See list of McGill’s JELF recipients below.
Fostering innovative discoveries: NSERC Discovery Grants
Natural Sciences and Engineering Research Council of Canada (NSERC) awarded 147 McGill research projects with funding from its Discovery Research Programs, including Discovery Grants, Discovery Launch Supplements, Subatomic Physics Discovery Grants, Ship Time Grants, Discovery Grants Northern Research Supplements, Research Tools and Instruments Grants for a total investment of $31 million.
The Discovery Research Program supports ongoing programs of research with long-term goals. These grants recognize the creativity and innovation that are at the heart of all research advances. It also includes support for early-career researchers who will bring new perspectives and insights to their fields, enabling them to become the research leaders of tomorrow.
McGill’s funded projects include Professor Stefanie Blain-Moraes’s innovative research on the neurobiological substrates that underpin human consciousness, Lyle Whyte’s critical research on polar microbial ecology and diversity, and Professor Jeffrey Bergthorson’s research on carbon-free circular fuels. Also funded is Professor Alba Guarné’s structural and functional studies of DNA repair proteins.
With the support of a Discovery Grant, Ahmed El-Geneidy, Professor in the School of Urban Planning, will lead a series of interrelated projects focused on supporting sustainable transport transitions. Transport professionals across Canada are facing complex challenges as they work to achieve sustainability goals and increase the use of active transport such as cycling, walking, and public transit. El-Geneidy’s program aims to equip cities with the appropriate tools needed to transition to sustainable transport modes by generating practice ready research, and training highly qualified practitioners. Among the six projects led by El-Geneidy is a study to understand the practicality of adopting policies such as the 15-minute city—the concept that city dwellers should be able to access all their destinations within 15 minutes through walking or cycling—in Canada. El-Geneidy is also analyzing the changes in the elasticity of public transit demand due to the COVID-19 pandemic and new teleworking policies.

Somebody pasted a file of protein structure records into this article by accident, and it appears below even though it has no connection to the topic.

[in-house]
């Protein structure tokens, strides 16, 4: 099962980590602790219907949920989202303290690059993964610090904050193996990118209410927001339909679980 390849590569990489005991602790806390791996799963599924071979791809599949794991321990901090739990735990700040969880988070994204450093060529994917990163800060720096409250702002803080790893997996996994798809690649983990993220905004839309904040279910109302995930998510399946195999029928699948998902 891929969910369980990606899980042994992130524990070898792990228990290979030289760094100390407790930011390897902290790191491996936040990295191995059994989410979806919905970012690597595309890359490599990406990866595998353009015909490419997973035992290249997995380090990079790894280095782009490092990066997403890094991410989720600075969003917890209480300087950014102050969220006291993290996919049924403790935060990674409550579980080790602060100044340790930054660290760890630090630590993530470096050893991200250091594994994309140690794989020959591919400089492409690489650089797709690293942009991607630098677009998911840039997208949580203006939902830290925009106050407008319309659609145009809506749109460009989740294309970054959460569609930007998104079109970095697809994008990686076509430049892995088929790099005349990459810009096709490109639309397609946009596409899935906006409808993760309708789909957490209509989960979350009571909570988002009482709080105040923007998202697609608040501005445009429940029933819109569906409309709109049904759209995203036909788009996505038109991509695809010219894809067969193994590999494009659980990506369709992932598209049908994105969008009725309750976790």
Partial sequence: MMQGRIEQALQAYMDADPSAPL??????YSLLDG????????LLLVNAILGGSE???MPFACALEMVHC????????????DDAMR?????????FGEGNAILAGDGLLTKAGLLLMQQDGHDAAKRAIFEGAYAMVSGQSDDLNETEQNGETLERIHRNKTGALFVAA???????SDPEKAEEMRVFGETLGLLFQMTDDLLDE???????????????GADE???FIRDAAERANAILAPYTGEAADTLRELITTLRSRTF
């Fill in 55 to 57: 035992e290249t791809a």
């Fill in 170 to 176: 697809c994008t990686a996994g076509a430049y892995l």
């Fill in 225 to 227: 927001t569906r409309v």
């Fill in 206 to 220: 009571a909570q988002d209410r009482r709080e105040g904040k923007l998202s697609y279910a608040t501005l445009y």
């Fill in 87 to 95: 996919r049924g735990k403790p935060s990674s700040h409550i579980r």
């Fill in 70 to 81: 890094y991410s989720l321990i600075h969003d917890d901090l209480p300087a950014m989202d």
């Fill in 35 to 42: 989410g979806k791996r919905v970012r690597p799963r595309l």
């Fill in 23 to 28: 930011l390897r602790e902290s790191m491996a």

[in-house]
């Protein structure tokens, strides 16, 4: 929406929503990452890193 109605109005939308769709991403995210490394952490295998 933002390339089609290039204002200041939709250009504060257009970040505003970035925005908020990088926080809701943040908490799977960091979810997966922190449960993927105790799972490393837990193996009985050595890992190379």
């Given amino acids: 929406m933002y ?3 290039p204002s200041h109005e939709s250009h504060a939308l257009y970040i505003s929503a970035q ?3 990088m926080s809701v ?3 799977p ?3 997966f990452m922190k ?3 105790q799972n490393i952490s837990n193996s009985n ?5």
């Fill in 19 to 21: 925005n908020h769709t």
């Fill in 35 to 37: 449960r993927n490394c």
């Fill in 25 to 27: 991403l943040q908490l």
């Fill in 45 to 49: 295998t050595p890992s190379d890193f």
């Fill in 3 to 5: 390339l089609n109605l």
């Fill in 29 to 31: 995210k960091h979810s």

For a list of McGill's recipients, consult the database of Discovery Research Program recipients
McGill’s 2022-1 round of CRC recipients:
Simon Caron-Huot, Canada Research Chair in High-Energy Physics, NSERC, Tier 2 (Renewed)
Anja Geitmann, Canada Research Chair in Biomechanics of Plant Development, NSERC, Tier 1 (Renewed)
Yue Li, Canada Research Chair in Machine Learning for Genomics and Healthcare, CIHR, Tier 2 (New)
Mylene Riva, Canada Research Chair in Housing, Community and Health, CIHR, Tier 2 (Renewed)
Hamed Shateri Najafabadi, Canada Research Chair in Systems Biology of Gene Regulation, CIHR, Tier 2 (Renewed)
Thomas Soehl, Canada Research Chair in International Migration, SSHRC, Tier 2 (Renewed)
Samira Abbasgholizadeh Rahimi, Canada Research Chair in Advanced Digital Primary Health Care, CIHR, Tier 2 (New)
Jennifer Sunday, Canada Research Chair in Global Change Ecology, NSERC, Tier 2 (New)
Aliki Thomas, Canada Research Chair in Education, Practice and Policy for Evidence-Based Healthcare, CIHR, Tier 2 (New)